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The times are exciting for the Indian Space Research Organisation, as it readies to launch satellites into the geostationary orbit using swifter and less complicated indigenous vehicles. With the recent launch of a geosynchronous satellite launch vehicle—GSLV Mark III—ISRO has mastered the cryogenic propulsion system. As the GSAT-19E satellite orbits 36,000 km away in space, one of its architects, K. Sivan, the director of Vikram Sarabhai Space Centre, Thiruvananthapuram, talks to Minu Ittyipe.
What is motivating ISRO to be world-class compared to other government organisations?
Right from the beginning, I have noticed that people are allowed to do things on their own. The atmosphere is so free that their imagination can soar; so they try to outperform others. The system in ISRO is slightly different: the effort of the boss down to the technician is the same. Each person is responsible for his/her work. Even on a Sunday, we are willing to work.
What kind of talent are you looking to attract?
One can study any engineering or science discipline and there will be a space in ISRO. We are attracting the best talents. We have a lot of projects with the IITs. ISRO has a policy o bring in academicians and industry.
By 2020, will India finally have a manned mission?
No, because government has not approved the human space mission yet. It’s still in the discussion stage in ISRO.
How much has ISRO benefited from the Vikas Engine (liquid propulsion)?
Vikas Engine is a game-changer in ISRO technology. Till then, it was solid propulsion system. Vikas Engine development was the first step toward achieving a world-class higher payload capable vehicle. Liquid engine has high-specific impulse, flexibility and higher capability. All our vehicles have the Vikas engine.
"From 2014, we have focused on the cryogenic stage, having analysed things afresh. We had to come out of a failure."
What exactly does GSLV Mark III mean for ISRO?
The idea was to launch a bigger 4-tonne satellite for better efficiency. But the vehicle we had at hand, GSLV Mark II, was not capable of launching a 4-tonne satellite; so we had to develop a vehicle from scratch. We wanted both a capable vehicle and a low-cost one. A simpler and robust vehicle. The success of any launch vehicle in the first go is very rare. We are all elated. It has been years of hard work.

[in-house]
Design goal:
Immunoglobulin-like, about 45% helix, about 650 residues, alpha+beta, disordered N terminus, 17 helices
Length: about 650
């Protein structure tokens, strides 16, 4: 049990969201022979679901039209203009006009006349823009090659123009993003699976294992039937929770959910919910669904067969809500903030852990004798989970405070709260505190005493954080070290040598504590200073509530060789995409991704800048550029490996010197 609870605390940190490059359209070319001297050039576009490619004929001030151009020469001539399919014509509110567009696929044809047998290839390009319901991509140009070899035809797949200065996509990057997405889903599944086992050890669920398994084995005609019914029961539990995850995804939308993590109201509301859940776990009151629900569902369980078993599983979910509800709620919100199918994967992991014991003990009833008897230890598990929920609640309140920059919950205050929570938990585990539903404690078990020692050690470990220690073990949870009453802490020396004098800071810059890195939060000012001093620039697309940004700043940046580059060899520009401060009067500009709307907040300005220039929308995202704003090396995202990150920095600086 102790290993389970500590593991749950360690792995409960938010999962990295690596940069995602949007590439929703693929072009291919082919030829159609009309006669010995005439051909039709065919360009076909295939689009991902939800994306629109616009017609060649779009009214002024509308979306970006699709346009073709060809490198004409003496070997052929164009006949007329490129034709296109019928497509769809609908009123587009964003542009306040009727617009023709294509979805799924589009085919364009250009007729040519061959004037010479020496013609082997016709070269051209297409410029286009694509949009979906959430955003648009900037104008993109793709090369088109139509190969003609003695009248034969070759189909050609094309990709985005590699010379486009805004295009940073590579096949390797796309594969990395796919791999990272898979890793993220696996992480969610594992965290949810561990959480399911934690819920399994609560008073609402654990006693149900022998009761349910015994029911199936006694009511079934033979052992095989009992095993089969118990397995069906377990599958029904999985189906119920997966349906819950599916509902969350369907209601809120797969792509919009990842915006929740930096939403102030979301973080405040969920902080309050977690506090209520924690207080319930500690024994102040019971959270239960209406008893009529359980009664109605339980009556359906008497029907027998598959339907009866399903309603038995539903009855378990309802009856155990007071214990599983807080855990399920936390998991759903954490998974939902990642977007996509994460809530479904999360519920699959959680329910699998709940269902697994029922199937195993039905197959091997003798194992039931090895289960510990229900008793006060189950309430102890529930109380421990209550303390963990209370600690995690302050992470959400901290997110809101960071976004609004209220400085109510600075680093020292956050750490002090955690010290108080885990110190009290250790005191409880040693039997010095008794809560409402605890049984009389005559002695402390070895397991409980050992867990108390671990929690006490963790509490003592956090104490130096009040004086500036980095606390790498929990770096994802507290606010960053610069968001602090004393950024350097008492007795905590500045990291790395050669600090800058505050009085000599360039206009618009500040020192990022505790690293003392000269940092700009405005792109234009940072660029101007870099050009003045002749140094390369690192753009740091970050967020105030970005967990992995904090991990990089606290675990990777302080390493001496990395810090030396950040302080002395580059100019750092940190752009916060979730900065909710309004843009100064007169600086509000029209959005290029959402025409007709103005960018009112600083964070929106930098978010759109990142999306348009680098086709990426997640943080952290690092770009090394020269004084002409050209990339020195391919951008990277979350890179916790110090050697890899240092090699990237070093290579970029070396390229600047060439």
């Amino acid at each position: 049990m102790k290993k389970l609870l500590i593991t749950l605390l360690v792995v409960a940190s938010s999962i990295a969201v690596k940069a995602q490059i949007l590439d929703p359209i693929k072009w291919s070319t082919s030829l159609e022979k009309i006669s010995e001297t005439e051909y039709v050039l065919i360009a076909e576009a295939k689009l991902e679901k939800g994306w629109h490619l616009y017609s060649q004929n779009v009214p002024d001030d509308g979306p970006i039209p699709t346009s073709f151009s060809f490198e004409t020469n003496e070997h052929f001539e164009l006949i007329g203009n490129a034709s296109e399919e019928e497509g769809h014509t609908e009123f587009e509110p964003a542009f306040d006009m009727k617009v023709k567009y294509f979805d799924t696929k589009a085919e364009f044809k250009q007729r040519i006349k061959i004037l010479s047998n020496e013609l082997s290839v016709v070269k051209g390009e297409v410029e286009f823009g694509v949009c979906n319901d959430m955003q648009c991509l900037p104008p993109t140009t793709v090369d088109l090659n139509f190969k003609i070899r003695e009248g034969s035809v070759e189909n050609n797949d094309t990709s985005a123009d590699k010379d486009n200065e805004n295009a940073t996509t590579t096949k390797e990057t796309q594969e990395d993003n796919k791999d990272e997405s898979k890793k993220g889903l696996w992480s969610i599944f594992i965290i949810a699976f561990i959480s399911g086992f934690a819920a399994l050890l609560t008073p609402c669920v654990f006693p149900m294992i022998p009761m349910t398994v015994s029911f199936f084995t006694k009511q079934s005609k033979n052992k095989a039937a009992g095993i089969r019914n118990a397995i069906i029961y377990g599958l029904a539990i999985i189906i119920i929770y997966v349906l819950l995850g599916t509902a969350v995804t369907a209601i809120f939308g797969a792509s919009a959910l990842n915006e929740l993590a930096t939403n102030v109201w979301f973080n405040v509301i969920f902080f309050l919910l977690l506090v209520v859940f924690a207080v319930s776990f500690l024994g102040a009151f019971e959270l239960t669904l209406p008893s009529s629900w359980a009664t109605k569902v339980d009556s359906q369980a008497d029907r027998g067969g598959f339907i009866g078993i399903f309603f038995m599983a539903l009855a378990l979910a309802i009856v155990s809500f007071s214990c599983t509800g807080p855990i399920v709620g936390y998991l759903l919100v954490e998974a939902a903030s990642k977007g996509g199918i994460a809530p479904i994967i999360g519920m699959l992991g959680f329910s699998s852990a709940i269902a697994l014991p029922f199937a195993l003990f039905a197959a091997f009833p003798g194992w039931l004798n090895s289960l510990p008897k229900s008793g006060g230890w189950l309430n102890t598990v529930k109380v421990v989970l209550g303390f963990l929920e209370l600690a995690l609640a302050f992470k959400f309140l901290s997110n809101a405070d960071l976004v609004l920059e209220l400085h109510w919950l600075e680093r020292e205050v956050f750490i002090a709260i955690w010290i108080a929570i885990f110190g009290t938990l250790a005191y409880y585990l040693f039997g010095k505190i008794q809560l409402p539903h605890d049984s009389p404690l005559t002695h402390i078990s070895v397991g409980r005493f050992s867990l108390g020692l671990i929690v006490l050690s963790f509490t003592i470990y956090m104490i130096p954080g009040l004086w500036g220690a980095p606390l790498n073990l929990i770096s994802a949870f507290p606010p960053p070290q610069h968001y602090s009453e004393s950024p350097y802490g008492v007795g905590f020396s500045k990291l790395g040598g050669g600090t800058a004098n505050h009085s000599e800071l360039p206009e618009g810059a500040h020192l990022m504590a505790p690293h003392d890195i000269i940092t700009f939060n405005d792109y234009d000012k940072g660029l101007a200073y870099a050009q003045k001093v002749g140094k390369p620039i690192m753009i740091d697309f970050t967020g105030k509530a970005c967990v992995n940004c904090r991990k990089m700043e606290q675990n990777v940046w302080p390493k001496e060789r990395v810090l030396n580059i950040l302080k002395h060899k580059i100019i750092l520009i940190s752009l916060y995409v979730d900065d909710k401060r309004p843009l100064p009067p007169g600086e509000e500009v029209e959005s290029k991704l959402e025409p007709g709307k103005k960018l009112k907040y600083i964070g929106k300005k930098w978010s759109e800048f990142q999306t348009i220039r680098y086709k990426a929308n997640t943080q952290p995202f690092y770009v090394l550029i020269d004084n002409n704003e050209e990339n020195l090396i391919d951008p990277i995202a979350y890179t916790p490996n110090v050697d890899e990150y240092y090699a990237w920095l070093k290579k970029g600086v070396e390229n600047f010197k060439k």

How long did it take to develop GSLV Mark III?
Fifteen years. The target was for 2008. We already had the solid propulsion and the liquid propulsion. We lost 4-5 years in between because the manpower and resources were diverted to the cryogenic upper stage. When the GSLV Mark II failed, we had to come out of the failure—and do the analysis, and start afresh. Once we successfully demonstrated in 2014, we then concentrated all our energy on this cryogenic stage. We have only one testing facility.
What is the difference between Russian model GSLV Mark II and the indigenous GSLV Mark III model?
In 2010, after GSLV Mark II failed, we were looking at 4-tonne satellites as the next step. And we needed a bigger cryogenic stage and almost three times higher thrust than the GSLV Mark II for a 4-tonne satellite. That was our requirement. The handicap was unless the entire system was available, we could not do the test. So we had to have a new engine and new cryogenic stage. But in the indigenous stage, as soon as we get one component, we can do the testing. This way, the understanding of the engine was better and we could carry out the test sequentially and then go for integration.
The next plan is to launch a six-tonne satellite. Why can’t you make lighter satellites?
There is an effort to do that. What can be done by the 6-tonne satellite can be done by a 4-tonne satellite too. Once the satellite is launched in the geosynchronous transfer orbit (between 170 km to 36,000 km from the earth), it uses its own propulsion system to takes itself from the transfer orbit to the final geostationary orbit, which is 36,000 km from the earth, along the equator. The satellite has its own propulsion system to circulate the orbit. The electric propulsion requires only about 300-400 kg and the rest can be satellite mass. So the benefits we can achieve by a 6-tonne satellite, we can with a 4-tonne satellite if we use the electric propulsion system.
This means the cost of communication should come down drastically.
Yes, it will come down.
The commercial implications of using ISRO’s facilities to launch satellites of other countries?
PSLV is already doing the service for 22 countries. Of the 104 satellites launched, 101 were commercial satellites.